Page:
Sever’s disease is a condition characterized by pain in one or both heels with walking. The pain is caused by shortening of the heel-cord. It usually affects children between the ages of 10 and 13 years old. During this phase of life, growth of the bone is taking place at a faster rate than the tendons. Sever’s disease is also called calcaneal apophysitis.
Inflammation occurs at the insertion of the achilles tendon into the back of the heel due to a number of reasons. One or several of the following may cause the initiation of Sever?s disease. Rapid growth spurt. Tight calf muscles. Change in footwear (soccer boots / athletic shoes no heel). Excessive rolling in of feet. Poor warm up routine. Remember this condition usually settles as the growth plate fuses within 6-12 months.
Children aged between 8 to 13 years of age can experience Sever?s disease with girls being normally younger and boys slightly older. Sever?s disease normally involves the back of the heel bone becoming painful towards the end of intense or prolonged activity and can remain painful after the activity for a few hours. Severe cases can result in limping and pain that can even remain the next morning after sport.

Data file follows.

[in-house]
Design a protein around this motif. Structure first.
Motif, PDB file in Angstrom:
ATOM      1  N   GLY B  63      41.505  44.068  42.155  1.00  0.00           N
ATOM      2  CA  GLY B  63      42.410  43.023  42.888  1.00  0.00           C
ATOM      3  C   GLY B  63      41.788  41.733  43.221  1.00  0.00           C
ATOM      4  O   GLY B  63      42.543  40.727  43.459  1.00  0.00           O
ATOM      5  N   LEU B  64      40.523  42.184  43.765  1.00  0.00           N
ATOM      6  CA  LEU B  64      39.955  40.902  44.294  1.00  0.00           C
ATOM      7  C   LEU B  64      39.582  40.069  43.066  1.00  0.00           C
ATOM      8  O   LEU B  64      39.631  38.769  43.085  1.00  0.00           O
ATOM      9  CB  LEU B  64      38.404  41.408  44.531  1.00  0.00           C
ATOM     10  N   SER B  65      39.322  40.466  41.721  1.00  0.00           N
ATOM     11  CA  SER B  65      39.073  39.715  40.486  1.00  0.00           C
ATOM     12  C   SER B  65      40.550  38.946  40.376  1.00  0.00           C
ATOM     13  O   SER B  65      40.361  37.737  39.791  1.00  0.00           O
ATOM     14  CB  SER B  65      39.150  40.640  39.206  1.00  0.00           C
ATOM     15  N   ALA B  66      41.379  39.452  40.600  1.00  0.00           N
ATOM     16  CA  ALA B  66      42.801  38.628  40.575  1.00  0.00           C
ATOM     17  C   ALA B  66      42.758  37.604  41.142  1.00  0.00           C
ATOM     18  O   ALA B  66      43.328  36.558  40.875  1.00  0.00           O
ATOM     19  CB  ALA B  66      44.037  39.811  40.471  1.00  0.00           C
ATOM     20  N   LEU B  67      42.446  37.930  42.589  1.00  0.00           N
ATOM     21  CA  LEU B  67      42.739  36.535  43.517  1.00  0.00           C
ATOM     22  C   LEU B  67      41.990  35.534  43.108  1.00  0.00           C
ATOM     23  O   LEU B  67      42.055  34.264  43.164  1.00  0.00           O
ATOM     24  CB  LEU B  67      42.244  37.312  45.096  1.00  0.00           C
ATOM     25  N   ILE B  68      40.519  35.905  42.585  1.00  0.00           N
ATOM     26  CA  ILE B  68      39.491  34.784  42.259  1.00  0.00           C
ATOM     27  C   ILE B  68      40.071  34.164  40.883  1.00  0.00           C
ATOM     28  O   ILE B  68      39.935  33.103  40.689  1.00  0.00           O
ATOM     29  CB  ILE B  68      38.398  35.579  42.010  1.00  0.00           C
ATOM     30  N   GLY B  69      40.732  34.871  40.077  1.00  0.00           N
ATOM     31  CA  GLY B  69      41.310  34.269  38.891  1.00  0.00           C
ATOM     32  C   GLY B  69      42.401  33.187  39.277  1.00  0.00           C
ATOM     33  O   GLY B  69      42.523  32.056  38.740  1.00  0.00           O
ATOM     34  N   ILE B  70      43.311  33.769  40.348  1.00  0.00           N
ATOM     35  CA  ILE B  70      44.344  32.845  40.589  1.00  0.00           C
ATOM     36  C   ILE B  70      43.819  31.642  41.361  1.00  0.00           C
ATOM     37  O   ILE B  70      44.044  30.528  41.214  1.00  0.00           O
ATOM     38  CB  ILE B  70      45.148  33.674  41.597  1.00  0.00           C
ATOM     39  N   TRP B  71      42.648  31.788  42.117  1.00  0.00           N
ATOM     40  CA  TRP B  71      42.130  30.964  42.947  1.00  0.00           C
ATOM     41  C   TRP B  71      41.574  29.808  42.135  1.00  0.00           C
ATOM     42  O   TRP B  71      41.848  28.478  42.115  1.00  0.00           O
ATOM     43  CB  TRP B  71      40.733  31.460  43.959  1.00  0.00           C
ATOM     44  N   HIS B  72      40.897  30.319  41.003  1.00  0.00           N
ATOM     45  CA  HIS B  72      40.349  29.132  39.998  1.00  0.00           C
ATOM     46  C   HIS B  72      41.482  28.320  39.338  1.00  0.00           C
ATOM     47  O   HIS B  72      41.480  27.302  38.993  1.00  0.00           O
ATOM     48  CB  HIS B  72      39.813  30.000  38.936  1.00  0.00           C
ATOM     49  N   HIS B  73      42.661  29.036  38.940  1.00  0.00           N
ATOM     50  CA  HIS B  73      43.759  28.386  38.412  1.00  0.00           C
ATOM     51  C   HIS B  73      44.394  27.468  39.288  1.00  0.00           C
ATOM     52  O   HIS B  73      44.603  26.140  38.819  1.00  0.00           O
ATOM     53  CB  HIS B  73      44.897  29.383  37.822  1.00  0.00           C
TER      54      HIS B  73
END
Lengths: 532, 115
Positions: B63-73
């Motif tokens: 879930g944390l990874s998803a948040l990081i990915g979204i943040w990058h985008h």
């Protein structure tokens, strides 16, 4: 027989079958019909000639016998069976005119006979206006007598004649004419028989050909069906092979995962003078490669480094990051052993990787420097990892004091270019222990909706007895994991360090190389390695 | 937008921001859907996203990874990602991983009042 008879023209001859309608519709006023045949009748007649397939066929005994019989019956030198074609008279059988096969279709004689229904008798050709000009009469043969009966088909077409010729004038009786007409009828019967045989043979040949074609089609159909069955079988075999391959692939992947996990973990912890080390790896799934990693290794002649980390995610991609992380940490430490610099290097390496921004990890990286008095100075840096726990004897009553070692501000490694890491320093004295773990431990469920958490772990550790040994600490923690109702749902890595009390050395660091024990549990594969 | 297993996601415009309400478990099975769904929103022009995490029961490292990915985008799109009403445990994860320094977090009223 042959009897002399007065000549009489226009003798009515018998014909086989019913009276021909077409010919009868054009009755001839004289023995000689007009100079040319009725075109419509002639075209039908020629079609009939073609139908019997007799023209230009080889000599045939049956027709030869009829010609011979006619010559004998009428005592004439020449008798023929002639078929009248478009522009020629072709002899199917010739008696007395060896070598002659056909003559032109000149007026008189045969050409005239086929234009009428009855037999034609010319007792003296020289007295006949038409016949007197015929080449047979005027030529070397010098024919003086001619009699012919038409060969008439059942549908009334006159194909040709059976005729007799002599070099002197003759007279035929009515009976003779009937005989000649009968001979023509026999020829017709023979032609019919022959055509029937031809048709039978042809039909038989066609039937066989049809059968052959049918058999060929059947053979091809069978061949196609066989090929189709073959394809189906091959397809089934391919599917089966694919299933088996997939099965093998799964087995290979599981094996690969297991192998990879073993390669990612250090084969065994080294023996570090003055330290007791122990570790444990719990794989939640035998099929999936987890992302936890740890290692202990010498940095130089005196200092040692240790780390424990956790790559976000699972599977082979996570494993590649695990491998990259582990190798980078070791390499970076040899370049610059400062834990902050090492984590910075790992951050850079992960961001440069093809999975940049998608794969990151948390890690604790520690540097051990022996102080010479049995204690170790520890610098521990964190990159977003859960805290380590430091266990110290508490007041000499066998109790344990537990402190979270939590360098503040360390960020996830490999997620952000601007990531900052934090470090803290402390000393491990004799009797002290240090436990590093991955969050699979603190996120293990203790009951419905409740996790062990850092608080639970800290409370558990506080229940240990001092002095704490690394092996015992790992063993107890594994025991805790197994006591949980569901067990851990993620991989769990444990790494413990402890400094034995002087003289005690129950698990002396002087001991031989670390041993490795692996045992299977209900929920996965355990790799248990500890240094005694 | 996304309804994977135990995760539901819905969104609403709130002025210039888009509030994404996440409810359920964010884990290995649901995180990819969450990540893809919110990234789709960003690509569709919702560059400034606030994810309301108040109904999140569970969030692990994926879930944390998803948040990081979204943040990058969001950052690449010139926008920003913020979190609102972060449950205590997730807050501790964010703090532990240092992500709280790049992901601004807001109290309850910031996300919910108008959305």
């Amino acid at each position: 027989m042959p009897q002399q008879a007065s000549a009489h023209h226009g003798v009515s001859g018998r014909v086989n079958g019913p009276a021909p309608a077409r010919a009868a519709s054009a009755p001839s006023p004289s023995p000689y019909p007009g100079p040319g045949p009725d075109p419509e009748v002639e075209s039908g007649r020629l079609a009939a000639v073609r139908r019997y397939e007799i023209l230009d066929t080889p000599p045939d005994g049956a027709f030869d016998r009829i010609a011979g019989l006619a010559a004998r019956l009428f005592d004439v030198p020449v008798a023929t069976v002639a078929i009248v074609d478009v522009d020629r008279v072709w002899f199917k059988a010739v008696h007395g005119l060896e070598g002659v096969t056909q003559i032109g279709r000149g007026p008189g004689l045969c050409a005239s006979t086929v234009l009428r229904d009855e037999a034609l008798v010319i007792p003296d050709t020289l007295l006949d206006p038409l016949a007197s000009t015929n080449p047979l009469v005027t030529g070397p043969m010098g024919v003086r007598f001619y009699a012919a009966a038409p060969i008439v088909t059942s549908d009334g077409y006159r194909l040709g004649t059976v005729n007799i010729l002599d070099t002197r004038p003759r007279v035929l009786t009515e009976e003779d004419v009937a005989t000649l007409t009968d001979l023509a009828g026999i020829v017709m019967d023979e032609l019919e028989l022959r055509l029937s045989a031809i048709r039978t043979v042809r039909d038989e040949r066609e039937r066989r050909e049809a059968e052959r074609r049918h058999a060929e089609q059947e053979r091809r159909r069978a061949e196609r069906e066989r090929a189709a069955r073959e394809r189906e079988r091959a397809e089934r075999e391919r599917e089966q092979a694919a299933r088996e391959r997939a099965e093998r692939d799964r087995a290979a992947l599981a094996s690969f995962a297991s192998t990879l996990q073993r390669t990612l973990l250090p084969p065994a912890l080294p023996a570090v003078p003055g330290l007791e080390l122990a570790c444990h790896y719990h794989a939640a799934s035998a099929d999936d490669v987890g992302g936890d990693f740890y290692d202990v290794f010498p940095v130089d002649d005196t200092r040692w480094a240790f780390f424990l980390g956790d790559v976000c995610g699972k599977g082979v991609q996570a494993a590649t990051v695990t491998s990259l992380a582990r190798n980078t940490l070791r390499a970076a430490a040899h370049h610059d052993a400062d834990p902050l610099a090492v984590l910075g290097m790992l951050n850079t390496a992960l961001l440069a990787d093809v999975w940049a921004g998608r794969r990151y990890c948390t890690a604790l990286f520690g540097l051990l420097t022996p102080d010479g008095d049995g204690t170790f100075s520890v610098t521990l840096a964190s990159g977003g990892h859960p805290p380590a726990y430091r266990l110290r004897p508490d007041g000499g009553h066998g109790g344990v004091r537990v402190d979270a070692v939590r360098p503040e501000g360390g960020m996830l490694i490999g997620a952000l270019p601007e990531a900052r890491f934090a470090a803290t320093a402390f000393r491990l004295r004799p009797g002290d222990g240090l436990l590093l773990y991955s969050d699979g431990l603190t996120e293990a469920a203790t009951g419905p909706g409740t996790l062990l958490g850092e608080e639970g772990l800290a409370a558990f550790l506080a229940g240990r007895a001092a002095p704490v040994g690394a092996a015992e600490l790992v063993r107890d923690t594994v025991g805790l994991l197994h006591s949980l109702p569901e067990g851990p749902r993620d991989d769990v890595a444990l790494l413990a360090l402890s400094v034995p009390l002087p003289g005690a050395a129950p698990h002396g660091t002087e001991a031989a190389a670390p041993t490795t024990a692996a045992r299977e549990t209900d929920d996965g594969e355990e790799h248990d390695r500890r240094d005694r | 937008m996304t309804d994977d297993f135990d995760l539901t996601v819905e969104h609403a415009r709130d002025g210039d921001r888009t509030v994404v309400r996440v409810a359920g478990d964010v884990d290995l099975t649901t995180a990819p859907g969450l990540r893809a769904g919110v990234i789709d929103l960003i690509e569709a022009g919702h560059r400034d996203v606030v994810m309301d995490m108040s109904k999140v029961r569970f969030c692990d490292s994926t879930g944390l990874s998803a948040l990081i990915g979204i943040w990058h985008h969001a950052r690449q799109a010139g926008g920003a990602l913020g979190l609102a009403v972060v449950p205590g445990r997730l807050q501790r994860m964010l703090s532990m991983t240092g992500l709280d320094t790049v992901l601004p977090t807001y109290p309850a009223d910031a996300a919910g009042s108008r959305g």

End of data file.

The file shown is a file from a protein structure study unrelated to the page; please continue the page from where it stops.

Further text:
You may have pain when your doctor squeezes your heel bone. You may have pain when asked to stand or walk on your toes or on your heels. You may have pain in your heel when your doctor stretches your calf muscles. Your doctor may order x-rays of the injured foot to show an active growth plate.
Non Surgical Treatment
The immediate goal of treatment is pain relief. Because symptoms generally worsen with activity, the main treatment for Sever’s disease is rest, which helps to relieve pressure on the heel bone, decreasing swelling and reducing pain. As directed by the doctor, a child should cut down on or avoid all activities that cause pain until all symptoms are gone, especially running barefoot or on hard surfaces because hard impact on the feet can worsen pain and inflammation. The child might be able to do things that do not put pressure on the heel, such as swimming and biking, but check with a doctor first.
Exercises that help to stretch the calf muscles and hamstrings are effective at treating Sever’s disease. An exercise known as foot curling, in which the foot is pointed away from the body, then curled toward the body in order to help stretch the muscles, has also proven to be very effective at treating Sever’s disease. The curling exercise should be done in sets of 10 or 20 repetitions, and repeated several times throughout the day.